Last night, while Congress debated funding the health-care bill, Rep. Steve King couldn’t help also mentioning why he voted to defund Planned Parenthood: “Planned Parenthood is invested in promiscuity.”
Former Kansas Attorney General Phill Kline in 2006 (AP Photo/Orlin Wagner)
When Dr. Mila Means decided to begin offering abortions at her family practice in Wichita, Kansas -- the city where George Tiller practiced before he was murdered in 2009 by an anti-abortion crusader -- the clinic's landlord balked. Citing "a disruption and nuisance to other tenants and [the creation of] an unsafe environment," the company that owned the building brought a lawsuit against Means, seeking a temporary injunction to prohibit her from performing abortions. Dr. Means gave in and promised not to perform abortions.
Yesterday, Dave Weigel'sassessmnt of the politics behind legislative attacks on reproductive rights was on target until it went very awry. According to Weigel, House Democratic leadership sees anti-abortion extremism -- attempts to redefine rape or allow hospitals to deny women life-saving abortions -- as a political liability for Republicans, especially given that independent voters are more interested in the economy than in turning back to the culture wars. Fair enough, but Weigel’s piece takes a strange turn by protraying the pushback from women’s advocates as political theater, rather than as a serious response to attacks on women’s rights.
There's a lot of confusion over South Dakota's SB 1171, a law proposed by state Rep. Phil Jensen that would expand the definition of "justifiable homicide" to include anyone attempting to harm an unborn child. Jensen claims his bill is not aimed at abortion providers, saying it is intended to apply to cases, for example, in which an angry ex-boyfriend is beating a woman's abdomen to kill the fetus. Yesterday, Slate's Dave Weigel made the argument, as did Jensen, that the bill only applies to "illegal" activity, and because abortion is legal, abortion providers would not be targeted.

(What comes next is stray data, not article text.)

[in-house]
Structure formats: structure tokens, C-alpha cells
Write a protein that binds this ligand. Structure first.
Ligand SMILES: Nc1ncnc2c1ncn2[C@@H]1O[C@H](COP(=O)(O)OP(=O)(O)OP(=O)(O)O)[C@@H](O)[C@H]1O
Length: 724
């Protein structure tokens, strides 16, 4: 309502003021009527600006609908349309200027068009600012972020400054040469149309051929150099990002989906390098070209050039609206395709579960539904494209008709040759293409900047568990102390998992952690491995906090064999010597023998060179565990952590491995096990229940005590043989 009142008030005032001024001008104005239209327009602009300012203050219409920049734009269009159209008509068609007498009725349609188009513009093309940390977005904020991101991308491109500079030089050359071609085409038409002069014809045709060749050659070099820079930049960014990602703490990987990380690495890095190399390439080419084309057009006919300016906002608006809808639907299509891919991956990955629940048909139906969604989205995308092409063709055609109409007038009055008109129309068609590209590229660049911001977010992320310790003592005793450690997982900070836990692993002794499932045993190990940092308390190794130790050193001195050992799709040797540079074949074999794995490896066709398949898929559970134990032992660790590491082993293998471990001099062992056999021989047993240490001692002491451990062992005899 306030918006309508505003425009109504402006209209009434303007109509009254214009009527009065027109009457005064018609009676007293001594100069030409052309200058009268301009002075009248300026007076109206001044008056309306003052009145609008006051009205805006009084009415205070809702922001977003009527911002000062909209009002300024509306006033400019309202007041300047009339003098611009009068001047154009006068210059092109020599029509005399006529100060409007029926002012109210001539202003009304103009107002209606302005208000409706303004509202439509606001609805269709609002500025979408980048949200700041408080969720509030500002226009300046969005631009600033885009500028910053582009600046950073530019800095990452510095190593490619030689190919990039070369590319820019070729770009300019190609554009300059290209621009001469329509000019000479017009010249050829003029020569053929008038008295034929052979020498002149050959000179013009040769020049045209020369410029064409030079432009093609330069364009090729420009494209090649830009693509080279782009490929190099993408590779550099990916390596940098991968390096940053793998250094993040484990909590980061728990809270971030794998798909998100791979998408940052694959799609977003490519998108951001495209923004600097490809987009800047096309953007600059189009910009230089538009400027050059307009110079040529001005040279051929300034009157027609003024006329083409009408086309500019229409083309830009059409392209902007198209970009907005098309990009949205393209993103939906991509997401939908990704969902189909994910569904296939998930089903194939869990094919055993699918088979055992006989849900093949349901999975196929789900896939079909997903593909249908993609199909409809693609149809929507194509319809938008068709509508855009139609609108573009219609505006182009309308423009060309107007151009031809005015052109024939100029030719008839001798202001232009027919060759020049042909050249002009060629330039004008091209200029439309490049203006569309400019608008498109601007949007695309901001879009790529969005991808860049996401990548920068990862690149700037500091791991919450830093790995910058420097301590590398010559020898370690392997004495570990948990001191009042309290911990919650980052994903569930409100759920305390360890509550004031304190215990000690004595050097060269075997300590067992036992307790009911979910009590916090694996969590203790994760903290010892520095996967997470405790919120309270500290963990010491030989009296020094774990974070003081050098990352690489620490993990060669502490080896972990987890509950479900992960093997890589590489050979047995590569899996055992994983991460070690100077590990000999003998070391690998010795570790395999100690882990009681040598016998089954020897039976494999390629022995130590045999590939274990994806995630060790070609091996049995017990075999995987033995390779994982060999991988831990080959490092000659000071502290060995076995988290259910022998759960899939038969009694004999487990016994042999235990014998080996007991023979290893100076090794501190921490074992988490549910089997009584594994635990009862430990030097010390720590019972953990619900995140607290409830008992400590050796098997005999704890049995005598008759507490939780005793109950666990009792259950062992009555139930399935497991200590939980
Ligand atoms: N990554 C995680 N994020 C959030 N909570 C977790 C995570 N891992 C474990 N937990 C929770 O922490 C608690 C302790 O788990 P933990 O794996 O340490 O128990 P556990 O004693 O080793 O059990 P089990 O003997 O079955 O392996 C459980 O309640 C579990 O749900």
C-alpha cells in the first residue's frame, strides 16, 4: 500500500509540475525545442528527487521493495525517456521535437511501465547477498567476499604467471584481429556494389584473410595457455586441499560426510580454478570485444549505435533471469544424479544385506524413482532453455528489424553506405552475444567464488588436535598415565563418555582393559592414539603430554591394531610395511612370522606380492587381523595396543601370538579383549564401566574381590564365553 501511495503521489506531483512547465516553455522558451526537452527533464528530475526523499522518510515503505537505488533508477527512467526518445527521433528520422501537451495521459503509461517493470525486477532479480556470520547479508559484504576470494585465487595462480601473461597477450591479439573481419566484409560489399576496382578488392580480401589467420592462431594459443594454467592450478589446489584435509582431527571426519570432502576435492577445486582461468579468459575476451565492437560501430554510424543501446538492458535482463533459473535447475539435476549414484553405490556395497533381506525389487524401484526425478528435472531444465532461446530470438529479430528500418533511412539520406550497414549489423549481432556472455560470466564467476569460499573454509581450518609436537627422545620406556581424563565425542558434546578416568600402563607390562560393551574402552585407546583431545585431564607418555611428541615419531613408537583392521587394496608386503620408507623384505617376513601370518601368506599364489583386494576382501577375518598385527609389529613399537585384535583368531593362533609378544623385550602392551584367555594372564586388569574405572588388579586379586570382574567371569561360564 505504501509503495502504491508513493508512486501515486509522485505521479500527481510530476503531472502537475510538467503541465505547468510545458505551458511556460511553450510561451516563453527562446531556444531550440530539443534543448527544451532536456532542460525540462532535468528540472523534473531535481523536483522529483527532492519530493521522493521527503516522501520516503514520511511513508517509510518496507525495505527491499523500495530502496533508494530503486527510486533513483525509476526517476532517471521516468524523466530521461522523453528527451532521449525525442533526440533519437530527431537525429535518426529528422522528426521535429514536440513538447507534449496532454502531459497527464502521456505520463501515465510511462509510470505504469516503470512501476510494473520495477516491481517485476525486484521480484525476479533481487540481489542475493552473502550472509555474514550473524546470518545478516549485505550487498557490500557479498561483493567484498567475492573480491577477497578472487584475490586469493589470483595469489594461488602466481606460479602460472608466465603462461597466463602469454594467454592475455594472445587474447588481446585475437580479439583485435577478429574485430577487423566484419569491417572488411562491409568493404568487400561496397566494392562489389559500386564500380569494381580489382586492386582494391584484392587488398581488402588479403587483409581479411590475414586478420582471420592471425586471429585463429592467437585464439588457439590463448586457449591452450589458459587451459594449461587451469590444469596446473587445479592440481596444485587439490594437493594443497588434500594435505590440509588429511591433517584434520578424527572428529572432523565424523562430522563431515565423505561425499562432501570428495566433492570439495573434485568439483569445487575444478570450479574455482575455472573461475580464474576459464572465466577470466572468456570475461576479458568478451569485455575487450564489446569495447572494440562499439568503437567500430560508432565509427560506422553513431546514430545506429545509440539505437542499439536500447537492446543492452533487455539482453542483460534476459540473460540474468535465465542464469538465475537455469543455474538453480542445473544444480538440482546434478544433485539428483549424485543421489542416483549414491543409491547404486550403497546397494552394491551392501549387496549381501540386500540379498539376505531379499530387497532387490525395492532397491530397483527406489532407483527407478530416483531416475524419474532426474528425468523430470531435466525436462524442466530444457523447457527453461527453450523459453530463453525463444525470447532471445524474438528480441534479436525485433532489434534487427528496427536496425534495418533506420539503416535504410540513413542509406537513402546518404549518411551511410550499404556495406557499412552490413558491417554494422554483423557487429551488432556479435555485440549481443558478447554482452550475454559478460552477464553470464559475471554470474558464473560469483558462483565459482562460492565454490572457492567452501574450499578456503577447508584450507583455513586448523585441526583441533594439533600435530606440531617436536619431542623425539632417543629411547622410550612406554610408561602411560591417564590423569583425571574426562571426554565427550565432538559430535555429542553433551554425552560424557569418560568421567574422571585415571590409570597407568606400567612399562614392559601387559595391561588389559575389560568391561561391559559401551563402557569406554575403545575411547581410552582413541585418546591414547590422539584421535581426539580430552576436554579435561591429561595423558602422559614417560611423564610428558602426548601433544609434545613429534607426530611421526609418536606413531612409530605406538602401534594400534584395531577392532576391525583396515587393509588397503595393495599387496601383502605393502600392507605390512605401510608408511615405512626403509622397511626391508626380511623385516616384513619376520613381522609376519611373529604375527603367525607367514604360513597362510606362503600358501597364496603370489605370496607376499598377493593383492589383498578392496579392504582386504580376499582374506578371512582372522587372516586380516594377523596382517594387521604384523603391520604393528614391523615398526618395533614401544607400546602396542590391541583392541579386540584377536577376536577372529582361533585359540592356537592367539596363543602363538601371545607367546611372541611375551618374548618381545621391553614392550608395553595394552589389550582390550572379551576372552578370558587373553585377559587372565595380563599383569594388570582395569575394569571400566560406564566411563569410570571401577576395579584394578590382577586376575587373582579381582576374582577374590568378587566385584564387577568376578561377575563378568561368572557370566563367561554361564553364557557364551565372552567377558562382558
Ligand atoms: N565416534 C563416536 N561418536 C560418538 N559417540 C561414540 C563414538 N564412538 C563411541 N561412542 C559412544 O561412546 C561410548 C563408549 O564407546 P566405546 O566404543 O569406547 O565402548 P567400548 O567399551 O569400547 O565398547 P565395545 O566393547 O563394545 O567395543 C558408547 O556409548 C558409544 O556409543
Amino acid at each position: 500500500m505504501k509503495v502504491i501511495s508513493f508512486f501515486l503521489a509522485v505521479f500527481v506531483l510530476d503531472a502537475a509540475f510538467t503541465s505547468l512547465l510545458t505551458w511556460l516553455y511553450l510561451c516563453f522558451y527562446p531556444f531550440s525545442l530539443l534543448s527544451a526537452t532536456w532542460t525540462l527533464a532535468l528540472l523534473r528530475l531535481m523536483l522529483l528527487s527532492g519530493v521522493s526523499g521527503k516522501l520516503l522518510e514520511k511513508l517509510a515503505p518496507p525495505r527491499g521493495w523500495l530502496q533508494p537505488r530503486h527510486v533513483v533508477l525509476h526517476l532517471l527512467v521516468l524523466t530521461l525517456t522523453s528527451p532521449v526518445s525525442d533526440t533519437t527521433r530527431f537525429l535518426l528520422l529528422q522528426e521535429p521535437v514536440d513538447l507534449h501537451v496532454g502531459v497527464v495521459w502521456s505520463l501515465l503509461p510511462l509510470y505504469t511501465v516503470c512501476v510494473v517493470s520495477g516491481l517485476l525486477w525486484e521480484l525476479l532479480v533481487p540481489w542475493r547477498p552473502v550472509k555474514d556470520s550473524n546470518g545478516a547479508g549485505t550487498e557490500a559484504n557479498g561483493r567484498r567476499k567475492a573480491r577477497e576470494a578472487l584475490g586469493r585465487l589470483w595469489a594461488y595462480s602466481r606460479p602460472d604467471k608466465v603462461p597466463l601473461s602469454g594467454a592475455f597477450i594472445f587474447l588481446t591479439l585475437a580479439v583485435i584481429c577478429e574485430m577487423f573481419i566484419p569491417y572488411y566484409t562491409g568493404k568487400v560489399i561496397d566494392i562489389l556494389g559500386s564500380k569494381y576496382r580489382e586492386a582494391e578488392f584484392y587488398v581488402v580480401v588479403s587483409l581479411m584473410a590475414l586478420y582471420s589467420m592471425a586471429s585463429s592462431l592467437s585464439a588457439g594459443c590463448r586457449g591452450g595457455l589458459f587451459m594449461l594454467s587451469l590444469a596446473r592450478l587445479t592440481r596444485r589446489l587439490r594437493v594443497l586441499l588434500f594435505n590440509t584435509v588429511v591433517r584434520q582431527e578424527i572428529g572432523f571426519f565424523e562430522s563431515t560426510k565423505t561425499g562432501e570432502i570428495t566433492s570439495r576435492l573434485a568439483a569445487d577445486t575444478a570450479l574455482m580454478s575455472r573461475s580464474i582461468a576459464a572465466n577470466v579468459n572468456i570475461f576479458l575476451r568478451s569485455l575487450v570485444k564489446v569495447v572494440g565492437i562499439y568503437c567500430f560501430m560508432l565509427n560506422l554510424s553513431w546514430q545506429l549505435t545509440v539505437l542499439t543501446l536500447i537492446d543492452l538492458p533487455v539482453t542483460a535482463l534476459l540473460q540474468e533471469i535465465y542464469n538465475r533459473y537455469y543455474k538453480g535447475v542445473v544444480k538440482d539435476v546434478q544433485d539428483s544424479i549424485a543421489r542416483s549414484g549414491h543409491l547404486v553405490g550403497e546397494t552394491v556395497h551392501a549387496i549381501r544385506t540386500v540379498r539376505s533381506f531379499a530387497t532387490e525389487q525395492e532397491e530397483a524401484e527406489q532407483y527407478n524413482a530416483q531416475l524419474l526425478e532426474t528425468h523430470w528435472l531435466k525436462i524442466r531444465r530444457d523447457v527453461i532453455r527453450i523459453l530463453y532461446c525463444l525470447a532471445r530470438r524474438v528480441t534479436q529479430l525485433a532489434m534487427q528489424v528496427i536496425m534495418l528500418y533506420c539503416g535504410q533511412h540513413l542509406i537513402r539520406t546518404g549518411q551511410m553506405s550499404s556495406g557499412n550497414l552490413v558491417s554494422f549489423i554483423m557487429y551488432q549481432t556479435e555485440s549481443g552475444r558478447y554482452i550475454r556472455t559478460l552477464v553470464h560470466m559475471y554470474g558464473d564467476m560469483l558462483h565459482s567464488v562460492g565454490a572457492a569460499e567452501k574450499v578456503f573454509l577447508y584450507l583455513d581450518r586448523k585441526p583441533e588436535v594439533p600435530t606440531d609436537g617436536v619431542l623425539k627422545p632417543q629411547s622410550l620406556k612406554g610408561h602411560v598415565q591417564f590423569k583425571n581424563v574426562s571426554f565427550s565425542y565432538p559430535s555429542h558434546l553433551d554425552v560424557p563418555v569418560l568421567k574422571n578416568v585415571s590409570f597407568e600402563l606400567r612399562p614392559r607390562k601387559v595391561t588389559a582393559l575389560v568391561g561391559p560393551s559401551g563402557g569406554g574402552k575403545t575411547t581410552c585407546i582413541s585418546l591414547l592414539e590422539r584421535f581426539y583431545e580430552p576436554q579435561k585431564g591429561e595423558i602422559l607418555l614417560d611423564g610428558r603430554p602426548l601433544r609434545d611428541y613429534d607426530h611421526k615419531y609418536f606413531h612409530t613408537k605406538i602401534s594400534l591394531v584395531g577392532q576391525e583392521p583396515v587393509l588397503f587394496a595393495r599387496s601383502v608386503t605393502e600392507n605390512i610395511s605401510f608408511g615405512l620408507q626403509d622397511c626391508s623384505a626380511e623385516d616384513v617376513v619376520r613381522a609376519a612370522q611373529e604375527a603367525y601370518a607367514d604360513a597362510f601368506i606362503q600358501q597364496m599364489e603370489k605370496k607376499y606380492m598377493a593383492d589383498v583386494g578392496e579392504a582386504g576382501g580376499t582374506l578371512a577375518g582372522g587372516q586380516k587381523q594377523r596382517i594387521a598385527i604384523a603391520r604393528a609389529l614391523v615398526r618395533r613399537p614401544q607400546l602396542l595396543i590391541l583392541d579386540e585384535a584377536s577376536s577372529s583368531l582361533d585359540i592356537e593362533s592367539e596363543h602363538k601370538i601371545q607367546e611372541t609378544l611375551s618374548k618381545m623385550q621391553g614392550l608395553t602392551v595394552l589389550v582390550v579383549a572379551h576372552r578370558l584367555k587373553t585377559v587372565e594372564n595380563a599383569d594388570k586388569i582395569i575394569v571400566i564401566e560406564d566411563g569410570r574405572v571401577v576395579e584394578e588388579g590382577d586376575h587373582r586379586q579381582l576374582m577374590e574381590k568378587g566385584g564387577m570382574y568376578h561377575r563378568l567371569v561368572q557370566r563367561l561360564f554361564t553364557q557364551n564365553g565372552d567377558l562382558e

On Friday, Shirley Sherrodfiled a libel and slander suit against Andrew Breitbart in D.C. Superior Court for his release of an edited video of her which resulted in her forced resignation from the USDA last summer. As I said last week in a column about why it's so hard to sue the media, the odds are stacked against victims. Sherrod will have to prove that Breitbart knowingly promulgated false information or recklessly disregarded the truth -- a feat that's so hard to do most libel cases get thrown out.